Link to Owner Dr. Robert B. Pamplin Jr.

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For rural landowners in Yamhill County, there is a clear message from the National Resources Conservation Service: we can help you improve your land, provided it meets some of our conservation goals as well.


Funding is available through the conservation service’s Environmental Quality Incentives Program (EQIP), which aims to financially help farmers, ranchers and “family forest owners” all around Oregon enhance their land.

The program’s funds are targeted toward specific projects in each county to address a local natural resource concern, according to NCRS Public Affairs Officer Tracy Robillard.

Yamhill County farmers, ranchers or family forest owners are eligible for funding for projects that will:

- Improve water quality for fish habitat in the lower Yamhill River. The goal is to reduce sediment runoff and increase stream flows in that section of the river and its tributaries, ultimately improving fish habitat.

- Enhance early seral habitat in the upper South Yamhill River area. A “seral” habitat is one that is not at its full potential or “climax” habitat. Work related to this project will improve habitats in meadows, road right-of-ways and powerline easement areas, will improve elk and deer habitat, and will improve herd health through foraging opportunities.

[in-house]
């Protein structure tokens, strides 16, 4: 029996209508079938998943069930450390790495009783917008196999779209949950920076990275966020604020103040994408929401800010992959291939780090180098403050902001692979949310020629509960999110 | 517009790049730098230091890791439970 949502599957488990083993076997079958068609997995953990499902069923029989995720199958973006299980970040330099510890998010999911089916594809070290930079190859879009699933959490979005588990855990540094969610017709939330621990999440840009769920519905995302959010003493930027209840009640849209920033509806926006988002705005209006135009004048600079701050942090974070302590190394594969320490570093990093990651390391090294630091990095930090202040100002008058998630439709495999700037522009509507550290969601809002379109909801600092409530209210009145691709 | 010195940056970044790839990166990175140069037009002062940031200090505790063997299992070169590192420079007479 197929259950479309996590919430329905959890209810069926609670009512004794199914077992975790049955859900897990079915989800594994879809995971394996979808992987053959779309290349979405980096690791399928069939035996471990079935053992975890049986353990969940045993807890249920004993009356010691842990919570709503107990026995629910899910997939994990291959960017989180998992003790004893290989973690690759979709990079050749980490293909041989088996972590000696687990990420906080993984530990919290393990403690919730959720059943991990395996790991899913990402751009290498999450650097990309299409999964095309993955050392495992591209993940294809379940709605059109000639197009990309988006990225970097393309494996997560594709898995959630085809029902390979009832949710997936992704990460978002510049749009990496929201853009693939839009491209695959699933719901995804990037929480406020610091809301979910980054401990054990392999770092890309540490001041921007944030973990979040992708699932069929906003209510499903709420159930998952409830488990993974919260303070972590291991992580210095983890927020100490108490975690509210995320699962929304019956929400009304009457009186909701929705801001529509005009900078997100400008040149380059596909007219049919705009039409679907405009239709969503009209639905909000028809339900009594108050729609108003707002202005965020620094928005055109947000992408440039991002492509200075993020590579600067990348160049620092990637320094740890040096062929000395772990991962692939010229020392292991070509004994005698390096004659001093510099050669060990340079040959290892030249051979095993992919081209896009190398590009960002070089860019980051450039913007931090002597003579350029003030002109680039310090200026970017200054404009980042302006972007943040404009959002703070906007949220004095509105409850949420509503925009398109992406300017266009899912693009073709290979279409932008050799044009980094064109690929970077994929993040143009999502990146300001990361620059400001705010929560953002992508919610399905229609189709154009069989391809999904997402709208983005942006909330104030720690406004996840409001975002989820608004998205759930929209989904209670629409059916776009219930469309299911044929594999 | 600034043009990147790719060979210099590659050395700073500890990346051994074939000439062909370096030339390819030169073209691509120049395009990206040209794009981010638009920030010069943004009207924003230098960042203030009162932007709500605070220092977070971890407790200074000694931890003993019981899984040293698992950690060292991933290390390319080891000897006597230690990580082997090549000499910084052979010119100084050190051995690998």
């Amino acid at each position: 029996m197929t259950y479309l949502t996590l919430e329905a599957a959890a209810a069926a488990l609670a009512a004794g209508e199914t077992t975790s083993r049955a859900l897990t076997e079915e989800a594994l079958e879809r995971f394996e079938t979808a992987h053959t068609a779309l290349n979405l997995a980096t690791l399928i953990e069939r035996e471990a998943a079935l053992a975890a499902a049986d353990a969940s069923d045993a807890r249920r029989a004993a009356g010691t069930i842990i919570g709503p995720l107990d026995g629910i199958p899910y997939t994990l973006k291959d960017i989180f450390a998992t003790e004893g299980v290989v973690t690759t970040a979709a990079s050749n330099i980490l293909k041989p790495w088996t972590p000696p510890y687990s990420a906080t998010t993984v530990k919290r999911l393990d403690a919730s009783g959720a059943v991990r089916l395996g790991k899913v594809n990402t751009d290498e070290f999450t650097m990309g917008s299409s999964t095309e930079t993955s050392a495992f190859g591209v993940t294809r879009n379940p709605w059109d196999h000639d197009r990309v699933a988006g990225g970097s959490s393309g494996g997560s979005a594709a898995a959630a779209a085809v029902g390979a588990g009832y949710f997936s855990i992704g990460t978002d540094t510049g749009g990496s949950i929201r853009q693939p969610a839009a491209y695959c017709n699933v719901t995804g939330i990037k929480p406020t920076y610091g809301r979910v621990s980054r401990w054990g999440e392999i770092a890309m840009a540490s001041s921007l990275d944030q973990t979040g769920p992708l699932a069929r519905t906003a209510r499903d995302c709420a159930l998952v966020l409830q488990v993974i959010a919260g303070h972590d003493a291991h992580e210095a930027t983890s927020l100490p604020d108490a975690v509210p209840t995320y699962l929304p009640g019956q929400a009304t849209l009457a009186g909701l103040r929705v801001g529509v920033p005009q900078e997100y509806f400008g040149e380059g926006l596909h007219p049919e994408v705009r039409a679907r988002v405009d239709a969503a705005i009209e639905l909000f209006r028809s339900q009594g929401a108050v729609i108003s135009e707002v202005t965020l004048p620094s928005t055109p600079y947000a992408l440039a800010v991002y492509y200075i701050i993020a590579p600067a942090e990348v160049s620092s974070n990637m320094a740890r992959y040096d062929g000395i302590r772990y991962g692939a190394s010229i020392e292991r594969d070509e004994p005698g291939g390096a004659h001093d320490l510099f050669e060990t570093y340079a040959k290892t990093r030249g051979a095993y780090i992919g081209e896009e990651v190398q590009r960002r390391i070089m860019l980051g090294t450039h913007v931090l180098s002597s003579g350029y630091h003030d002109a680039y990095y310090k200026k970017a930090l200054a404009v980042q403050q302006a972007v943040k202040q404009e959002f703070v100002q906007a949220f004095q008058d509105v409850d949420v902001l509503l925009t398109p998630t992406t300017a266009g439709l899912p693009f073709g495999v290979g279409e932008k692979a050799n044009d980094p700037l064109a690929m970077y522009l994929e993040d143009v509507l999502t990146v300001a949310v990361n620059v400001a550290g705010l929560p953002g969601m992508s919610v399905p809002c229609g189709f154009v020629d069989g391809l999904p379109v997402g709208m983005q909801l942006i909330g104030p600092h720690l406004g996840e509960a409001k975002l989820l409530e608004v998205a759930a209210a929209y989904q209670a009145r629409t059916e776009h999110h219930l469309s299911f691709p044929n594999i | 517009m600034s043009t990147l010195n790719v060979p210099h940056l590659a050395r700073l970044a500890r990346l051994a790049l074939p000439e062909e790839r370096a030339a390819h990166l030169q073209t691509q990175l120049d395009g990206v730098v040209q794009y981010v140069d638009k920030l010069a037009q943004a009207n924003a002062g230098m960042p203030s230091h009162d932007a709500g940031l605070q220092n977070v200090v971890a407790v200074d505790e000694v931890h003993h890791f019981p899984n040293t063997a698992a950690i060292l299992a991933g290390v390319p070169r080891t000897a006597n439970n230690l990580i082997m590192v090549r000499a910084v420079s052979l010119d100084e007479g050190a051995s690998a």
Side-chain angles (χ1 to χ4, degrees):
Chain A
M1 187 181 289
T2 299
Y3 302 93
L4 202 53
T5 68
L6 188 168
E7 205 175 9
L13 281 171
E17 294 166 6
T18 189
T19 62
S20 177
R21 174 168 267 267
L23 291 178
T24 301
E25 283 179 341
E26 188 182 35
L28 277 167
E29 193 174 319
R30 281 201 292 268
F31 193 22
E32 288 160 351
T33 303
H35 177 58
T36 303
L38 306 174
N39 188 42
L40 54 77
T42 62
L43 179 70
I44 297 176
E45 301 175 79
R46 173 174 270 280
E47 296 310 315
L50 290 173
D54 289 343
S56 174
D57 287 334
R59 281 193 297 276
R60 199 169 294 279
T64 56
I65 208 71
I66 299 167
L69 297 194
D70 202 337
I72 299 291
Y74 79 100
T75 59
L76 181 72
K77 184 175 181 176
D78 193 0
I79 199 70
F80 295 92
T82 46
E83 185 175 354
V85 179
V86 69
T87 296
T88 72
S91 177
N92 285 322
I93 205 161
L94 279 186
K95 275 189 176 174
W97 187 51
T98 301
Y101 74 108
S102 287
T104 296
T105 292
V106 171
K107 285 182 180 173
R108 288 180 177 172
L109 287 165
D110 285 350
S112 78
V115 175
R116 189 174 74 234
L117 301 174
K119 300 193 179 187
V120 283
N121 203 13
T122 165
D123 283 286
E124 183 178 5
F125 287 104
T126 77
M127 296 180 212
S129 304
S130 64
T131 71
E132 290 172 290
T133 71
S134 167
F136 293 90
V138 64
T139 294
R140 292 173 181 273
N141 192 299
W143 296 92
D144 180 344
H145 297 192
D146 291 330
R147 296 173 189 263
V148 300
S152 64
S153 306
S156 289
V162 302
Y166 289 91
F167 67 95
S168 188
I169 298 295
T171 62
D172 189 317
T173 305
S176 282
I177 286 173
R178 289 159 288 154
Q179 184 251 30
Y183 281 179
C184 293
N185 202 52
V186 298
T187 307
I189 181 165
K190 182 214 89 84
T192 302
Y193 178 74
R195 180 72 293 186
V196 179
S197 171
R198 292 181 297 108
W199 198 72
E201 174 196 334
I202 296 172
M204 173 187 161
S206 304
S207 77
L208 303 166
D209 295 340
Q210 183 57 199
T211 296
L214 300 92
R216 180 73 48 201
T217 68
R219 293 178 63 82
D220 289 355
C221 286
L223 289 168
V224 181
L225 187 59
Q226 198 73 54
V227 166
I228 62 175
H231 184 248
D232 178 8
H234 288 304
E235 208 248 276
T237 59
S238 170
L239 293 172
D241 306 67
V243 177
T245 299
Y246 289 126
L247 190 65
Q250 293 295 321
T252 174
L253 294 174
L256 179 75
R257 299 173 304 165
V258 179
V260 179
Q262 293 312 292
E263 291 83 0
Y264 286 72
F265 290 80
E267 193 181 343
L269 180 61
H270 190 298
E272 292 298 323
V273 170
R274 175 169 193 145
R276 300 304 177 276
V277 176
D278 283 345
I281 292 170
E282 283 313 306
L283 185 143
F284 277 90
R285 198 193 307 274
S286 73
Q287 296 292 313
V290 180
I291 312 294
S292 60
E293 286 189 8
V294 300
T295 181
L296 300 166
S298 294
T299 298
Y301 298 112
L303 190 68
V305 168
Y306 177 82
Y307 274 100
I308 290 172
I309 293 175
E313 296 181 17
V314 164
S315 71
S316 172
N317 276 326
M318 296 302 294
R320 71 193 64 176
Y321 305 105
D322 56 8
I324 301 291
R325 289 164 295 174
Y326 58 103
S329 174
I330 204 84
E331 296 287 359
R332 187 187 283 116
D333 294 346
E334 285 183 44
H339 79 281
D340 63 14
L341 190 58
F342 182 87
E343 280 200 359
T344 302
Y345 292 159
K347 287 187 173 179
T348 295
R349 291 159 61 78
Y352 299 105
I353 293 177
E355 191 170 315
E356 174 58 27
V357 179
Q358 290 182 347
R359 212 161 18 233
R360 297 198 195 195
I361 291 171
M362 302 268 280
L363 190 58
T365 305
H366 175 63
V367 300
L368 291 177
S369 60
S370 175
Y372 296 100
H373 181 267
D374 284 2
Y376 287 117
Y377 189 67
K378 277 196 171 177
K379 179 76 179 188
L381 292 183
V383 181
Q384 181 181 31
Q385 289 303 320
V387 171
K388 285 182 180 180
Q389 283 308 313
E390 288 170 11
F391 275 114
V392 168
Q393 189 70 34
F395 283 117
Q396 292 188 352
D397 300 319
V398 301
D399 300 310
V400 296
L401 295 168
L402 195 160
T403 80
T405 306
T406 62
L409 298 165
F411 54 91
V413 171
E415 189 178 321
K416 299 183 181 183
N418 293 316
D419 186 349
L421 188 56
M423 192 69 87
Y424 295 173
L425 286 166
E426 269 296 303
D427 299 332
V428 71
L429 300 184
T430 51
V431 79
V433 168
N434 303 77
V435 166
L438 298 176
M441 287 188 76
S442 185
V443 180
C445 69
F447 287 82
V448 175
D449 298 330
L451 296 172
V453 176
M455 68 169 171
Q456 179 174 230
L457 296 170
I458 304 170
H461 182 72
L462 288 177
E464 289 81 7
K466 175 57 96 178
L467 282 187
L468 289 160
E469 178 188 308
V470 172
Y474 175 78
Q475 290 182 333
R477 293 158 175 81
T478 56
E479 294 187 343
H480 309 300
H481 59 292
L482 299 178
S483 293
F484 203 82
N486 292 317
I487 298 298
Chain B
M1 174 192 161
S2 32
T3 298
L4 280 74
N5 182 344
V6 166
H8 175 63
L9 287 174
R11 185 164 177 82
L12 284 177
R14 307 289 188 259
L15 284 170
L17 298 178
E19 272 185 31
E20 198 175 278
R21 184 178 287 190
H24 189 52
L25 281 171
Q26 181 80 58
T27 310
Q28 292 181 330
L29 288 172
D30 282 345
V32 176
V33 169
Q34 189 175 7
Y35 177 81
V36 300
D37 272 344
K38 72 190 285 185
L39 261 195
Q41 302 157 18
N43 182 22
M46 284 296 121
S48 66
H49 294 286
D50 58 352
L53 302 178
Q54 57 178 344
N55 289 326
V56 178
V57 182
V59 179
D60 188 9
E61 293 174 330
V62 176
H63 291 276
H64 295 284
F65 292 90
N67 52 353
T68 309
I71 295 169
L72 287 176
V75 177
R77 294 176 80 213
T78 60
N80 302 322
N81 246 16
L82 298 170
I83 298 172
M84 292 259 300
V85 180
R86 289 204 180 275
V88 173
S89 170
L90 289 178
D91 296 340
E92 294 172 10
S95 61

- Restore the upland oak population in the North Willamette Valley. Native white oak habitats are crucial to the survival of the endangered Fenders blue butterfly as well as other wildlife, and work within this project goal will restore these native habitats to the local area.

Landowners without ties to those specific areas of interest may also be eligible for funding for what’s called the Seasonal High Tunnel Initiative as well as the Organic Initiative.

A seasonal high tunnel is an unheated, plastic-covered structure that is comparable to a greenhouse on a lower scale. According to the NRCS, they “provide an intermediate level of environmental protection and control compared to open field conditions and heated greenhouses.” They are often employed to extend the growing season or to reduce the need for pesticides, and are popular for their reported easy construction and maintenance.

The NRCS program reimburses qualifying applicants who purchase the tunnel as a kit with certain warranties and instructions from the company.

Organic producers or those who are working toward that status are also eligible for funding, no matter where they are, through the agency’s Organic Initiative funding program.

Qualifying organic producers are National Organic Program certified farmers or ranchers who meet minimum income requirements, or those who are transitioning toward NOP certification.

Funds can be used to plan and install conservation measures, including buffer strips, cover crops, field borders, mulching, pest management and more.

The high tunnel and organic funding is not restricted to specific geographic areas, Robillard said, and “anyone can apply as long as they meet our basic eligibility requirements.”

Those include providing proof of ownership or legal control of land that is in agriculture or is non-industrial private forest land; falling into certain income and earnings categories; providing water rights and other forms of documentation; and more.

The NRCS distributes funding in the form of a rebate. A participant pays the costs up front and once the project is completed and certified the federal agency will issue a refund for a percentage of the costs.

For more information on NRCS funding programs, visit www.nrcs.usda.gov/wps/portal/nrcs/main/or/programs/.

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